Though the novel is not entirely one of despair, one does sense Donoso struggling to see a brighter future for Chile. Political struggle seems to have been reduced to showmanship, and survival to negotiation and favours. The attempts to use Matilde’s funeral to make a political statement are distasteful but understandable. Manungo and Judit’s visit to a mausoleum seems an appropriate way to face the decisions they must make about their future – whether to stay or to go – as we realise it will cost them either way.

Taratuta / Still Life with Pipe

July 25, 2021

The Latin American Boom is most closely associated with Gabriel Garcia Marquez, Mario Vargas Llosa, Carlos Fuentes and Julio Cortazar, but if there were a fifth member of that illustrious, though not necessarily united, grouping, it would be Chilean Jose Donoso, who also wrote a personal history of the movement. And yet Donoso’s work is now entirely out of print in English, and any reader who decided to take an interest in him would find they had acquired an expensive hobby. The two novellas Taratuta and Still Life with Pipe are among his later work, originally published (in one volume) in 1990, and translated by Gregory Rabassa in 1993. Both are, in different ways, about artistic creation.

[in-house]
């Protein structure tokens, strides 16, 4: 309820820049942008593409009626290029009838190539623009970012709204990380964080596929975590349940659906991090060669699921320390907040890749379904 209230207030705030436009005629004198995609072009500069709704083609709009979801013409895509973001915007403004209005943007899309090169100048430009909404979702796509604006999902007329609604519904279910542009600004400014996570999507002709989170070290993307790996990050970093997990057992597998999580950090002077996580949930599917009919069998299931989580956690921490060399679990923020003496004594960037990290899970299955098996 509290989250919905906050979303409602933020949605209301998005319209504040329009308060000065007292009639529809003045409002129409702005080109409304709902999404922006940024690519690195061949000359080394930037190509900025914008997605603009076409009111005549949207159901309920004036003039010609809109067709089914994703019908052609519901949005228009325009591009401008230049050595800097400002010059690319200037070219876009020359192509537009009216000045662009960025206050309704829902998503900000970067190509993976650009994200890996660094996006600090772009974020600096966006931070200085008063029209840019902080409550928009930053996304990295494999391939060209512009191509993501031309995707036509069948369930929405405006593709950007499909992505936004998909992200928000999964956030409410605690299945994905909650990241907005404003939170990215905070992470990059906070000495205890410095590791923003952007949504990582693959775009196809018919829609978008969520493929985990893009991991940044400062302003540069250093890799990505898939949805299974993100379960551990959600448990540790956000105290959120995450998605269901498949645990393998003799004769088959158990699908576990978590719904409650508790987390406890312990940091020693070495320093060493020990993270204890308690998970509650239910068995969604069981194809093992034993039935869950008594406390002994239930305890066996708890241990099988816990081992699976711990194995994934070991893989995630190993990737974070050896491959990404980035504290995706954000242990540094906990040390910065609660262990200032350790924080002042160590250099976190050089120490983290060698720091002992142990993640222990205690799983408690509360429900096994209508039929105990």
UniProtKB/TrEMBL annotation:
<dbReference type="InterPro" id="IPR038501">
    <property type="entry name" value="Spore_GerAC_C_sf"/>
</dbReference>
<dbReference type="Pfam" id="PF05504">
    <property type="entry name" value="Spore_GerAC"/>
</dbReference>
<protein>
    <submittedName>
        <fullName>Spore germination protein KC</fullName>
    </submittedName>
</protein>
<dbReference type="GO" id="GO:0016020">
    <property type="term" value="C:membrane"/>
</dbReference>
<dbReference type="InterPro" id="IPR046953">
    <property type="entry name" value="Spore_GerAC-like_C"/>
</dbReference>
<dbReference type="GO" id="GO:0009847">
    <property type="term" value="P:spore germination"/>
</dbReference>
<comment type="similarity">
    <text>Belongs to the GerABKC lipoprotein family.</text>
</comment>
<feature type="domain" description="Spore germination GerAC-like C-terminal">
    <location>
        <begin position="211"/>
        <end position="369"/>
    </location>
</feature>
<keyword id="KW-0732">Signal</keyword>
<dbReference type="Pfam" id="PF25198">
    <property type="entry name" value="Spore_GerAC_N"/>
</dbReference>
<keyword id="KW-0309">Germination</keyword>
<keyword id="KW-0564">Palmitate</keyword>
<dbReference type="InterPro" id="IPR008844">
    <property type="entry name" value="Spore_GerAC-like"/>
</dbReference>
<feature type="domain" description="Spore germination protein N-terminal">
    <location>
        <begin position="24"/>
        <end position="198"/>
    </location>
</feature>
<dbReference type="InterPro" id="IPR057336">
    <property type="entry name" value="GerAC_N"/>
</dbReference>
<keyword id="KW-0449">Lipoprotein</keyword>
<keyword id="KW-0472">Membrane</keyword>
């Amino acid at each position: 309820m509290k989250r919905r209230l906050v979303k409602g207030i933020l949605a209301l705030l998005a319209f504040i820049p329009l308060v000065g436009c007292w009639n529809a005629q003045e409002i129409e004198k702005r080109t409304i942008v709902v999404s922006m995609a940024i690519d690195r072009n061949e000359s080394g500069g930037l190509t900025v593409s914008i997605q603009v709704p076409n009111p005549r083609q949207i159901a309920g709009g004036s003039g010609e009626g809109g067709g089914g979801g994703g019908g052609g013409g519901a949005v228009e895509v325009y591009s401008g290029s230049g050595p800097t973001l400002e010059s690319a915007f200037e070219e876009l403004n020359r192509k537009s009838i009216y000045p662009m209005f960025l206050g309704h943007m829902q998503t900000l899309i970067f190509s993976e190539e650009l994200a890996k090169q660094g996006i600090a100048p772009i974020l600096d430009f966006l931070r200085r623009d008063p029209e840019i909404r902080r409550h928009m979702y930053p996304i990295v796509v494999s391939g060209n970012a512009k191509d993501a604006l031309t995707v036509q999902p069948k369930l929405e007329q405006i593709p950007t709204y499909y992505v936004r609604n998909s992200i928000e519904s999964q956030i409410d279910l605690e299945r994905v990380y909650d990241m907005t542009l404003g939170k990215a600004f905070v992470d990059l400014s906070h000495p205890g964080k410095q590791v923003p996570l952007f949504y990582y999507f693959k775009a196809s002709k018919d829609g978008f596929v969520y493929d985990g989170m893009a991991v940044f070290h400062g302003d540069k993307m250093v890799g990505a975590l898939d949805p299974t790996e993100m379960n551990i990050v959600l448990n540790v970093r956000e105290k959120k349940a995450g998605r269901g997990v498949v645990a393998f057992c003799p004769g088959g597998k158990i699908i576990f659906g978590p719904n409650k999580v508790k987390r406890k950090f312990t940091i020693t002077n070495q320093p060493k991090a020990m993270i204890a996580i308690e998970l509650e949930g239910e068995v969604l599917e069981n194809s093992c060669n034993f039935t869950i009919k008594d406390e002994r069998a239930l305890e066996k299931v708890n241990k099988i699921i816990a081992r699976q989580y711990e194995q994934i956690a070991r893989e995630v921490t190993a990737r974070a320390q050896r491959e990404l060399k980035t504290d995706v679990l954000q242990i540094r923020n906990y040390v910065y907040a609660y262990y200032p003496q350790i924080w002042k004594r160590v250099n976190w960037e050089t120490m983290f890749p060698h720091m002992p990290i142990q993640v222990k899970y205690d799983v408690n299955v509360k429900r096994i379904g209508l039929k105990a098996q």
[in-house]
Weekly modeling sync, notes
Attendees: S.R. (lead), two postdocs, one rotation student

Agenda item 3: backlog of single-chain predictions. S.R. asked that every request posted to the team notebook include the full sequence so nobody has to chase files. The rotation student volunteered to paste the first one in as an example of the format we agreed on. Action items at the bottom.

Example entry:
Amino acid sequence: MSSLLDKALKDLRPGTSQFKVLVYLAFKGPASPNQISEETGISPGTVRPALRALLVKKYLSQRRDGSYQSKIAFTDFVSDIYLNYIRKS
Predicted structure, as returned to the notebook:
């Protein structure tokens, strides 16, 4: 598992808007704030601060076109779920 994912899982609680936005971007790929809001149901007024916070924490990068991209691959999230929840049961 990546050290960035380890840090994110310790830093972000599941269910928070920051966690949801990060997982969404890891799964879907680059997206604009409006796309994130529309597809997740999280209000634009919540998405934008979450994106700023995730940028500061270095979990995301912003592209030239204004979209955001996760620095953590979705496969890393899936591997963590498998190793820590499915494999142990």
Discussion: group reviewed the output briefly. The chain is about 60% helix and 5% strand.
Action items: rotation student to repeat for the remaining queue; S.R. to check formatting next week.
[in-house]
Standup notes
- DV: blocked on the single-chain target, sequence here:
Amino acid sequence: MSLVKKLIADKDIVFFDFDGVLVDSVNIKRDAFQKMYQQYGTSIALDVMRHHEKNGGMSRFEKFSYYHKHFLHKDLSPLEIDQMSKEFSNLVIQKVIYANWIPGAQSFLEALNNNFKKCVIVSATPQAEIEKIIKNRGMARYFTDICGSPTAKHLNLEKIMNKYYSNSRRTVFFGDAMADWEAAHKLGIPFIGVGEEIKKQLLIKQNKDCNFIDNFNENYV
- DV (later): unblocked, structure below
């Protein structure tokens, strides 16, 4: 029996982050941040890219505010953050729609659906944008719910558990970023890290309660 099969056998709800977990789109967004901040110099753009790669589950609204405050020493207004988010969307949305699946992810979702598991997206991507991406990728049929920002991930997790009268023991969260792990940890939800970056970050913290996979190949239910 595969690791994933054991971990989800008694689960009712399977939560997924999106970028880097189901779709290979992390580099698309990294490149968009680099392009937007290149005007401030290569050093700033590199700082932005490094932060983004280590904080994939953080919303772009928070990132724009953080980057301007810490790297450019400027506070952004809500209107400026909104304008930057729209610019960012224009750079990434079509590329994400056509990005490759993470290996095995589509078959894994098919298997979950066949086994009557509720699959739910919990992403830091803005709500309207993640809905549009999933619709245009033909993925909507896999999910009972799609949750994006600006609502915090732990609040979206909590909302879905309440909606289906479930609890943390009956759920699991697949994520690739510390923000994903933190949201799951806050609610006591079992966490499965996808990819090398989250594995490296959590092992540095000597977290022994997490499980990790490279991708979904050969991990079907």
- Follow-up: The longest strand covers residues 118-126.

Taratuta explores a theme of central concern to the writers of the Boom period, the relationship between history and fiction, though Donoso takes what might be termed a post-modern approach, as is common in his later work. Not only does he feature as the narrator of the story, but, in it, he grapples noy only with an attempt to turn a minor historical character, Taratuta, into fiction, but to verify that character in fact. He first encounters Taratuta in a biography of Lenin – he is the lover of a wealthy young woman who must marry another (as she is still a minor) so that the fortune she has inherited can be pledged to the Bolshevik cause. Even his name, however, is uncertain: